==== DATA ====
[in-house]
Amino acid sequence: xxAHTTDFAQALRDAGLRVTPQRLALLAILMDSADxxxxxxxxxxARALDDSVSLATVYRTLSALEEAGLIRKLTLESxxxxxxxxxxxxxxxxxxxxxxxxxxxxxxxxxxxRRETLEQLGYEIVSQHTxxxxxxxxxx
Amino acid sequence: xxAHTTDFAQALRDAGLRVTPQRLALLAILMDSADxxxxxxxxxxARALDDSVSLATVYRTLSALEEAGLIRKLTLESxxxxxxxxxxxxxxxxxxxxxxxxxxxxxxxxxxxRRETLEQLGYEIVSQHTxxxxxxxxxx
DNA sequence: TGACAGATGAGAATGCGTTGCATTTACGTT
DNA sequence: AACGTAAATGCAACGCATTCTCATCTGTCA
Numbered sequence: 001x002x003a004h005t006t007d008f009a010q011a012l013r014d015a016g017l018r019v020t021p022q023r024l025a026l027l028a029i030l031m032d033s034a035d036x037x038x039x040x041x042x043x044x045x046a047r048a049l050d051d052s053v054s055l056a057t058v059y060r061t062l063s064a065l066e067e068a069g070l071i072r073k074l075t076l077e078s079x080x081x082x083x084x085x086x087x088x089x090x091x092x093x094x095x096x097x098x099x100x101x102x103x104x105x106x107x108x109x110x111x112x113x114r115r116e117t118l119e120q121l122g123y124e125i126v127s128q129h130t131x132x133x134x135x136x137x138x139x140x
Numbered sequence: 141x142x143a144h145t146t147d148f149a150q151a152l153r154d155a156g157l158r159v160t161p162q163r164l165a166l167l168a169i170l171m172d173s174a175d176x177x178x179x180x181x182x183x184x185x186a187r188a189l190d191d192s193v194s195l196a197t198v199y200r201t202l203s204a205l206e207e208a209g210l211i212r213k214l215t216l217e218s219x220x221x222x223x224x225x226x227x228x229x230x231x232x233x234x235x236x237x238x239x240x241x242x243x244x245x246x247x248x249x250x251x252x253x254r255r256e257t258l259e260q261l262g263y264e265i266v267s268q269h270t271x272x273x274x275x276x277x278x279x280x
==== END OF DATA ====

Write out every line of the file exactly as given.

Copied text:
[in-house]
Amino acid sequence: xxAHTTDFAQALRDAGLRVTPQRLALLAILMDSADxxxxxxxxxxARALDDSVSLATVYRTLSALEEAGLIRKLTLESxxxxxxxxxxxxxxxxxxxxxxxxxxxxxxxxxxxRRETLEQLGYEIVSQHTxxxxxxxxxx
Amino acid sequence: xxAHTTDFAQALRDAGLRVTPQRLALLAILMDSADxxxxxxxxxxARALDDSVSLATVYRTLSALEEAGLIRKLTLESxxxxxxxxxxxxxxxxxxxxxxxxxxxxxxxxxxxRRETLEQLGYEIVSQHTxxxxxxxxxx
DNA sequence: TGACAGATGAGAATGCGTTGCATTTACGTT
DNA sequence: AACGTAAATGCAACGCATTCTCATCTGTCA
Numbered sequence: 001x002x003a004h005t006t007d008f009a010q011a012l013r014d015a016g017l018r019v020t021p022q023r024l025a026l027l028a029i030l031m032d033s034a035d036x037x038x039x040x041x042x043x044x045x046a047r048a049l050d051d052s053v054s055l056a057t058v059y060r061t062l063s064a065l066e067e068a069g070l071i072r073k074l075t076l077e078s079x080x081x082x083x084x085x086x087x088x089x090x091x092x093x094x095x096x097x098x099x100x101x102x103x104x105x106x107x108x109x110x111x112x113x114r115r116e117t118l119e120q121l122g123y124e125i126v127s128q129h130t131x132x133x134x135x136x137x138x139x140x
Numbered sequence: 141x142x143a144h145t146t147d148f149a150q151a152l153r154d155a156g157l158r159v160t161p162q163r164l165a166l167l168a169i170l171m172d173s174a175d176x177x178x179x180x181x182x183x184x185x186a187r188a189l190d191d192s193v194s195l196a197t198v199y200r201t202l203s204a205l206e207e208a209g210l211i212r213k214l215t216l217e218s219x220x221x222x223x224x225x226x227x228x229x230x231x232x233x234x235x236x237x238x239x240x241x242x243x244x245x246x247x248x249x250x251x252x253x254r255r256e257t258l259e260q261l262g263y264e265i266v267s268q269h270t271x272x273x274x275x276x277x278x279x280x